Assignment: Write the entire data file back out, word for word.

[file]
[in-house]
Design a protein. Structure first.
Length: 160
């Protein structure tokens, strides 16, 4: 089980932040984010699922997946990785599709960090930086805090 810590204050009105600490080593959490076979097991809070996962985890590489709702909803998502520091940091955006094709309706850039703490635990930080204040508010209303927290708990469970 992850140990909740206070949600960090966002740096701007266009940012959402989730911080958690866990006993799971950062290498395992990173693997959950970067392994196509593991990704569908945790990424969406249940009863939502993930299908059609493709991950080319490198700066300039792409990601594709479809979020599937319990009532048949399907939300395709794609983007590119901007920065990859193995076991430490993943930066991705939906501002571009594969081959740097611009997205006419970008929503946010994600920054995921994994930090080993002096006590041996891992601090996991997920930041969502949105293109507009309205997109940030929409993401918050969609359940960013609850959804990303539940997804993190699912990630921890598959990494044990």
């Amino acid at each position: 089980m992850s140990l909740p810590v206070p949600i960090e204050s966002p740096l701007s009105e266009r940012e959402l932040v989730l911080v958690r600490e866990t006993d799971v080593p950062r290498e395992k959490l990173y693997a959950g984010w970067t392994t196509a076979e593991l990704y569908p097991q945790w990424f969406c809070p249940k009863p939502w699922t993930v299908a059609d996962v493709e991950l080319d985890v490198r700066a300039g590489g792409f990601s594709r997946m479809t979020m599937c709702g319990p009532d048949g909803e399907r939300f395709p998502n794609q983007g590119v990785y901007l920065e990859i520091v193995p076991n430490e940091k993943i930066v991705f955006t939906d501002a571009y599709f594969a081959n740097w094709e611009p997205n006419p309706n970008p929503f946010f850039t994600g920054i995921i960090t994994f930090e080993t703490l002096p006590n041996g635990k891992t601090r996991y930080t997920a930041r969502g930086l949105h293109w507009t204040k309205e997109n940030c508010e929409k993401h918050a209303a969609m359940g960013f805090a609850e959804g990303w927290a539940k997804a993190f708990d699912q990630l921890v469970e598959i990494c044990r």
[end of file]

[in-house]
Design a protein. Structure first.
Length: 160
């Protein structure tokens, strides 16, 4: 089980932040984010699922997946990785599709960090930086805090 810590204050009105600490080593959490076979097991809070996962985890590489709702909803998502520091940091955006094709309706850039703490635990930080204040508010209303927290708990469970 992850140990909740206070949600960090966002740096701007266009940012959402989730911080958690866990006993799971950062290498395992990173693997959950970067392994196509593991990704569908945790990424969406249940009863939502993930299908059609493709991950080319490198700066300039792409990601594709479809979020599937319990009532048949399907939300395709794609983007590119901007920065990859193995076991430490993943930066991705939906501002571009594969081959740097611009997205006419970008929503946010994600920054995921994994930090080993002096006590041996891992601090996991997920930041969502949105293109507009309205997109940030929409993401918050969609359940960013609850959804990303539940997804993190699912990630921890598959990494044990």
């Amino acid at each position: 089980m992850s140990l909740p810590v206070p949600i960090e204050s966002p740096l701007s009105e266009r940012e959402l932040v989730l911080v958690r600490e866990t006993d799971v080593p950062r290498e395992k959490l990173y693997a959950g984010w970067t392994t196509a076979e593991l990704y569908p097991q945790w990424f969406c809070p249940k009863p939502w699922t993930v299908a059609d996962v493709e991950l080319d985890v490198r700066a300039g590489g792409f990601s594709r997946m479809t979020m599937c709702g319990p009532d048949g909803e399907r939300f395709p998502n794609q983007g590119v990785y901007l920065e990859i520091v193995p076991n430490e940091k993943i930066v991705f955006t939906d501002a571009y599709f594969a081959n740097w094709e611009p997205n006419p309706n970008p929503f946010f850039t994600g920054i995921i960090t994994f930090e080993t703490l002096p006590n041996g635990k891992t601090r996991y930080t997920a930041r969502g930086l949105h293109w507009t204040k309205e997109n940030c508010e929409k993401h918050a209303a969609m359940g960013f805090a609850e959804g990303w927290a539940k997804a993190f708990d699912q990630l921890v469970e598959i990494c044990r």